In the shadow of Great Britain's Criminal Justice and Public Order Act of 1994, which outlawed raves, fifteen year-old Johnno (Cristian Ortega) is about to be uprooted from his Glasgow neighborhood and the best mate, Spanner (Lorn Macdonald), his mother and her new police constable boyfriend believe is the worst kind of influence. Determined to have one last blow out of a night together, Spanner steals his abusive older brother Fido's (Neil Leiper) cash and weasels an invite to radio DJ D-Man's (Ross Mann) super secret rave so he and Johnno can chase the "Beats."
Laura's Review: B+
Cowriter (with the play's Kieran Hurley)/director Brian Welsh’s timely film celebrates civil disobedience through a coming-of-age lens at a time when authoritarianism is on the rise and the youngest generation is at the forefront of the human rights battle. This black and white film covers a lot of ground – friendship, class consciousness, wealth inequality, police brutality and how romance and security can play against a single mother’s maternal instincts – all set within the last gasp of rave culture. If you’ve never experienced a rave, “Beats” immerses you in one on Ecstasy while always emphasizing how sharing the experience heightens it.
Johnno and Spanner are clearly on different paths from the get-go. Johnno holds a job at a local market, comes from a traditional family and lives in an average home, one which is about to be upgraded. Spanner, whose slick back haircut with shaved sides strikes fear in the hearts of conservatives adults, lives in a situation resembling squatting with an older, drug dealing brother who routinely knocks him about. Johnno has a future. Spanner only has Johnno.
The lads are introduced in their skivvies in their respective bedrooms, both banging to a beat Spanner’s taped off the radio to play over the phone for his friend. Spanner picks Johnno up on his scooter and takes him to meet his older cousin Cat (Amy Manson), who hooks them up with D-Man. Johnno naively asks Cat’s friend Laura (Gemma McElhinney) what’s wrong with her face, a black eye obviously doled out by an abusive mate – that would be Les (Kevin Mains) who also happens to be one of Fido’s boys, a connection that will prove haunt them later, as Laura turns her eye towards the younger boy. Johnno’s called upon to grow up fast when D-Man, their ride to the rave site, proves too lit to drive and Johnno’s the only one with a clue despite never having been on a highway. They make it. It’s a life changing event even for some that are not there.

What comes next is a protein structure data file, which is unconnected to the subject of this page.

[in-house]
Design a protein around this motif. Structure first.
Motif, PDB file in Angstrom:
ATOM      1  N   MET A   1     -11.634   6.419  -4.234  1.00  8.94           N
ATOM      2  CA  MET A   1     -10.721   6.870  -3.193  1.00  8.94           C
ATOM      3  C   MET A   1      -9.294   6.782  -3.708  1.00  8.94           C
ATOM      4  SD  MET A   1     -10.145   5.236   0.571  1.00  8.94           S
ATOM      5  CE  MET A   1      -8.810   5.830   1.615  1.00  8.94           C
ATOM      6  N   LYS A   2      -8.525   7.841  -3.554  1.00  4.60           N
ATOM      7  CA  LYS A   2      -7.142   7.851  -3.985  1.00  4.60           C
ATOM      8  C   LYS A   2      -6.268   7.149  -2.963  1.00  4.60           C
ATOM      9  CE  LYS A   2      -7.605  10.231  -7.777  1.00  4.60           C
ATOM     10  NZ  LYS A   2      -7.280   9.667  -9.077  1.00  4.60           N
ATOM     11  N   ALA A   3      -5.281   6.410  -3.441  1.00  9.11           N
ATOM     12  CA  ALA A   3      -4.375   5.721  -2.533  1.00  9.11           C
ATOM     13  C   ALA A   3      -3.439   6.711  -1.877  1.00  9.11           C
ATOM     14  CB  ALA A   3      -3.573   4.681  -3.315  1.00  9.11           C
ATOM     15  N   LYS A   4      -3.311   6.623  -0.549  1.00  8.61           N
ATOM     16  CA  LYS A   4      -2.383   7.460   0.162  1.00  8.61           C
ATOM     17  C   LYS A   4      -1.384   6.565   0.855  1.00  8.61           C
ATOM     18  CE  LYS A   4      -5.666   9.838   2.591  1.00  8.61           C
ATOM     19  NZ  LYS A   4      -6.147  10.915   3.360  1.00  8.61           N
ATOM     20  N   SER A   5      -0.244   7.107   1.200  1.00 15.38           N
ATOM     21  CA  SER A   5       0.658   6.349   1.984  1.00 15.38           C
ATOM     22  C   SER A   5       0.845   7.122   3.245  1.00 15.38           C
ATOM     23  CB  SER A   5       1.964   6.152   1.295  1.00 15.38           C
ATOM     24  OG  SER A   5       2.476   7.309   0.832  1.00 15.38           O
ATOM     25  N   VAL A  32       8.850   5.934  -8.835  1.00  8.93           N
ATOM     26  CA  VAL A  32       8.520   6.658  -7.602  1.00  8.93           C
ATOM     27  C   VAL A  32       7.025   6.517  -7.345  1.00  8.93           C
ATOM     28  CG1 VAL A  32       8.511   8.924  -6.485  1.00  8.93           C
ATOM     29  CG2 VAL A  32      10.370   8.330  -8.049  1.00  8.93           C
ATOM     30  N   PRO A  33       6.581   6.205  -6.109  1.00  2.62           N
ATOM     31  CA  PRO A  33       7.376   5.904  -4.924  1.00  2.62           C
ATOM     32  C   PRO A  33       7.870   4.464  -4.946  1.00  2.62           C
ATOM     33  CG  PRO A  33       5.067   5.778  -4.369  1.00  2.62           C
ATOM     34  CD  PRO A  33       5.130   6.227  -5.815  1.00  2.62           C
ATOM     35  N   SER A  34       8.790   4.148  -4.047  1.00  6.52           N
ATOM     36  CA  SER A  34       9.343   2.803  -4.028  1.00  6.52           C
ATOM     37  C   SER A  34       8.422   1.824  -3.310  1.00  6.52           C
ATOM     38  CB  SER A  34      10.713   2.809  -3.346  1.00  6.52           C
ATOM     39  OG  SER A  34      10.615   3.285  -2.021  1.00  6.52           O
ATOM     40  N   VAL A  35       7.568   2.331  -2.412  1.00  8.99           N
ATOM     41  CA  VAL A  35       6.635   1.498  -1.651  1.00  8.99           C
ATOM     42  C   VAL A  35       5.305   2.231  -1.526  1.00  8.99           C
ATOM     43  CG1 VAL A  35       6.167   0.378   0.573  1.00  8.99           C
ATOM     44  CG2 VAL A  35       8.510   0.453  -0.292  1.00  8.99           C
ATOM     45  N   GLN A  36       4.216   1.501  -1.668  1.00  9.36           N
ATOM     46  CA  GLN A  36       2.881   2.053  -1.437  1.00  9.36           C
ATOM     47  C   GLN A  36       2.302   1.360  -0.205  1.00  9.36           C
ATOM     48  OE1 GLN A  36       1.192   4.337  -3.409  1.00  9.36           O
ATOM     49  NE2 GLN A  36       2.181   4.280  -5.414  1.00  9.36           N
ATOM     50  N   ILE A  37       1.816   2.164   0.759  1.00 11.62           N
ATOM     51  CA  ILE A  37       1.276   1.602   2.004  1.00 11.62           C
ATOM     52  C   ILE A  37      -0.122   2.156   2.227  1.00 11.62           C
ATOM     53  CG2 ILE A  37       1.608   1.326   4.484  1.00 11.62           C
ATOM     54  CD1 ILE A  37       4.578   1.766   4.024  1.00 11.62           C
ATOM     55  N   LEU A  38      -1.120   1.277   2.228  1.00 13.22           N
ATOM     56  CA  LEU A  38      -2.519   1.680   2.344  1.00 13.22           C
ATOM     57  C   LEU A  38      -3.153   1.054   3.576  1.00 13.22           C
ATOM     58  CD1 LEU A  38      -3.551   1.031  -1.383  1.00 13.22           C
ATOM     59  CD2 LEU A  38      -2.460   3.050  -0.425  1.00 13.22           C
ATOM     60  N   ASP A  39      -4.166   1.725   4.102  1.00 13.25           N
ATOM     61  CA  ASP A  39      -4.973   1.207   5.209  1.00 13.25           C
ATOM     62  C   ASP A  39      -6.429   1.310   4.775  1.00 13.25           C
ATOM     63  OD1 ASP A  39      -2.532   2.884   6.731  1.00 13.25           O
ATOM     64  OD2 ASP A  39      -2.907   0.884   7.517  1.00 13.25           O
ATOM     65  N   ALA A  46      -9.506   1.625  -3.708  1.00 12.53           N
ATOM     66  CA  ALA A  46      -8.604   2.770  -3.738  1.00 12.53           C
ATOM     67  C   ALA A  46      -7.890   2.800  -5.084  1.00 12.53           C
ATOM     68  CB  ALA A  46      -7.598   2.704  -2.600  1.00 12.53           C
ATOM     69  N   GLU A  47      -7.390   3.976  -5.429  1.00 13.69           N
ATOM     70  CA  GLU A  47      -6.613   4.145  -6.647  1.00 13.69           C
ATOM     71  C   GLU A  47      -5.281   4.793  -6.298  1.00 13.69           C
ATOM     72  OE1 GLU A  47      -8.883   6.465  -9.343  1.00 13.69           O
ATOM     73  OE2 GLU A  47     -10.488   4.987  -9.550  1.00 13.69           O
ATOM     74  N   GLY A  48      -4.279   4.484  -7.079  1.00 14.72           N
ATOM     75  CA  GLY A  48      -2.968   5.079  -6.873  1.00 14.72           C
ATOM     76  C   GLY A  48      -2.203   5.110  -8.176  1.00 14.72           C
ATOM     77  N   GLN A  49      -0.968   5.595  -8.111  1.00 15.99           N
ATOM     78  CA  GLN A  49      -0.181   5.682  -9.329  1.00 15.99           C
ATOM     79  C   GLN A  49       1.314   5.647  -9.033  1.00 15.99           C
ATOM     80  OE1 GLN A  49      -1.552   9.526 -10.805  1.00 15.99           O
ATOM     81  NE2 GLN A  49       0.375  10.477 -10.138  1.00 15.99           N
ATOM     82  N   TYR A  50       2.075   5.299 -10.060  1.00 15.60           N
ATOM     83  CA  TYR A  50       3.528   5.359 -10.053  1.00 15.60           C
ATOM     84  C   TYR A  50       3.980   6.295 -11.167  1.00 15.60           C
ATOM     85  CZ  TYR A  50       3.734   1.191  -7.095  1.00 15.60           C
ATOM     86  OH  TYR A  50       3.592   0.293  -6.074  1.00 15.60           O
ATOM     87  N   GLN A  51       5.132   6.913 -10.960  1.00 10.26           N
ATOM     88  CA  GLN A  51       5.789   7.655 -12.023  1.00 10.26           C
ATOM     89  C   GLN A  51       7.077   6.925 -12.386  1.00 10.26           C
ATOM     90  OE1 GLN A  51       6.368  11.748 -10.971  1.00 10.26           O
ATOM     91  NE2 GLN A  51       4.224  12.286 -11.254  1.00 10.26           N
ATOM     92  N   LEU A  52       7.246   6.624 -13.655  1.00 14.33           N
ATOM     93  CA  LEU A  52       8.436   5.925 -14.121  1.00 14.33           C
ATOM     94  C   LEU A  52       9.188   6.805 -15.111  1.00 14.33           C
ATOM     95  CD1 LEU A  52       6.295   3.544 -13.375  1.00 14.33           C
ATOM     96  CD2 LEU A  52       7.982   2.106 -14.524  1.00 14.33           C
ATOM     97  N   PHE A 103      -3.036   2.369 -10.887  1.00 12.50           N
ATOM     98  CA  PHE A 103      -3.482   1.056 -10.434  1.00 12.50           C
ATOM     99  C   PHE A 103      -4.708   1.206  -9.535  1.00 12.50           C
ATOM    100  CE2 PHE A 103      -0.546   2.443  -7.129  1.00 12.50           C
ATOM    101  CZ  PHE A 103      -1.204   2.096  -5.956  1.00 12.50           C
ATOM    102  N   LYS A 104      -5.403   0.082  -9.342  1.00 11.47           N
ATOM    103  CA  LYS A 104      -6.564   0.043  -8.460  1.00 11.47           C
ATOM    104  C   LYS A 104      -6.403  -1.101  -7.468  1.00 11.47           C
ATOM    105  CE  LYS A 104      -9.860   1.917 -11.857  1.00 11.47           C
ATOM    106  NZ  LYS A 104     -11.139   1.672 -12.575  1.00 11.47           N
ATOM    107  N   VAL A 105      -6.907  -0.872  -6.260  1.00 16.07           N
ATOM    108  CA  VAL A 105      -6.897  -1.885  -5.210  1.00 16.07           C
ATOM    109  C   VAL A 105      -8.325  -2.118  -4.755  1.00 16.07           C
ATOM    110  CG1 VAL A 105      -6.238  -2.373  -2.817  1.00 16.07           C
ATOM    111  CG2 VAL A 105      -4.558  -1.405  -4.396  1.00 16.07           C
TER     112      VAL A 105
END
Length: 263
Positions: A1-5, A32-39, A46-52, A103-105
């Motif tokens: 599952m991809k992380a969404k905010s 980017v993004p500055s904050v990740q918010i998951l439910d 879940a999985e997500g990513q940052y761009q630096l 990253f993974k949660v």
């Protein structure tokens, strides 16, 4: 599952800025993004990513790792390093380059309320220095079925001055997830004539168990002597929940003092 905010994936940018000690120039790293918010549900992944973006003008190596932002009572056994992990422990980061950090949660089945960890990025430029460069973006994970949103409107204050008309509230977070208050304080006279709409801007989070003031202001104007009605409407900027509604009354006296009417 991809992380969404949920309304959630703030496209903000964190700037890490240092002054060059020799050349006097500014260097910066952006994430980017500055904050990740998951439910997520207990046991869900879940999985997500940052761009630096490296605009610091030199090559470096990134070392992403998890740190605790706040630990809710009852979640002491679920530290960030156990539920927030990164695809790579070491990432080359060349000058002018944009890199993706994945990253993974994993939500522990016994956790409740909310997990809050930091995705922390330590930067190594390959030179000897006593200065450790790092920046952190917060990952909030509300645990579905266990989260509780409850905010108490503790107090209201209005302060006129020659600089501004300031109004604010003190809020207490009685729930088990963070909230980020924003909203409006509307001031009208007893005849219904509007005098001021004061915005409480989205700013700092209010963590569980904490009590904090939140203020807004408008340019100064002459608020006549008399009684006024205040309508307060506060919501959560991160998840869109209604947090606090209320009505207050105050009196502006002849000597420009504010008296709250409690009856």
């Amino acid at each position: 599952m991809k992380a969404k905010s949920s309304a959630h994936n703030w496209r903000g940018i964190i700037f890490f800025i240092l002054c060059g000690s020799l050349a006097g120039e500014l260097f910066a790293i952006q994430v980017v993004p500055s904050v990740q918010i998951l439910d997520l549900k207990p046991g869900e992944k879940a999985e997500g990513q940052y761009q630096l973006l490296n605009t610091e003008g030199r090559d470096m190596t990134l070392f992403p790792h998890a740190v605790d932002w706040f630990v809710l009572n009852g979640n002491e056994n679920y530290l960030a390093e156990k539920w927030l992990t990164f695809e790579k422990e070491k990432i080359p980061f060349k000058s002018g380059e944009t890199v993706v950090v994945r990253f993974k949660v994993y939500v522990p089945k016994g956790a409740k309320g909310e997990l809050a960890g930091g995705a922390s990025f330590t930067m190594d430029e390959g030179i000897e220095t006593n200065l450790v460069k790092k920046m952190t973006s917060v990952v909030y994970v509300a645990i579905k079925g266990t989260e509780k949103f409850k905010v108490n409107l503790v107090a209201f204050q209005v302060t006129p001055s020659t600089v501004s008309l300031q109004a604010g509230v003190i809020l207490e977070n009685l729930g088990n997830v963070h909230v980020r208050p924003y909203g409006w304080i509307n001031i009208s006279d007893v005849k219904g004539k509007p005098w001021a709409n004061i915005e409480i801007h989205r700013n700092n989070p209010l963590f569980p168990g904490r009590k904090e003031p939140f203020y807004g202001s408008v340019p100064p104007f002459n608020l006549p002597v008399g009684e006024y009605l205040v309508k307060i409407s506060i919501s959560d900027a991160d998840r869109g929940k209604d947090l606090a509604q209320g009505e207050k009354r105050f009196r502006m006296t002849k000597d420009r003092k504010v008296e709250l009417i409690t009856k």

The moving, central heartbeat of “Beats” is how Welsh lets us see Spanner through Johnno’s eyes. While Johnno’s mom Alison (Laura Fraser, "A Knight's Tale") thinks he’s Johnno’s ‘charity case’ and ‘scum’ and PC Robert Dunlop (Brian Ferguson) forbids Johnno from seeing him, Johnno tries to explain that Spanner’s gotten a bad rap, that he’s a good hearted kid with a bad brother. Macdonald is a true find as Spanner, a put upon soul with few chances in life. The actor plays him like a bundle of love in a rough package looking for an outlet. In contrast, Ortega makes less of an impression, defined mostly by a constant look of worry on his face. Fraser’s picked up on this and models Alison as a more nervous version of her son. Support is solid, Ferguson weighing his law and order mindset against an attempt at compassion that fails to make the grade. Mann is infectiously impish. Manson, McElhinney and Rachel Jackson are all openly adventurous, given to partying and warmer than their outward appearances would indicate while Leiper and MaIns exude hair trigger violence.
Welsh’s use of black and white sets the film as memory, but also emphasizes its rough locations. Tony Blair is everywhere on background TVs, a constant reminder of the times. Subtitling, while necessary for those who can’t cut through the thick Glaswegian accents, also does a disservice to some of their more colorful slang, ‘translating’ it to its detriment. The soundtrack features 30 tracks curated by Glasgow’s DJ Twitch featuring The Prodigy, Orbital, Plastikman and N-Joi.
"Beats" is available at the virtual theaters listed here.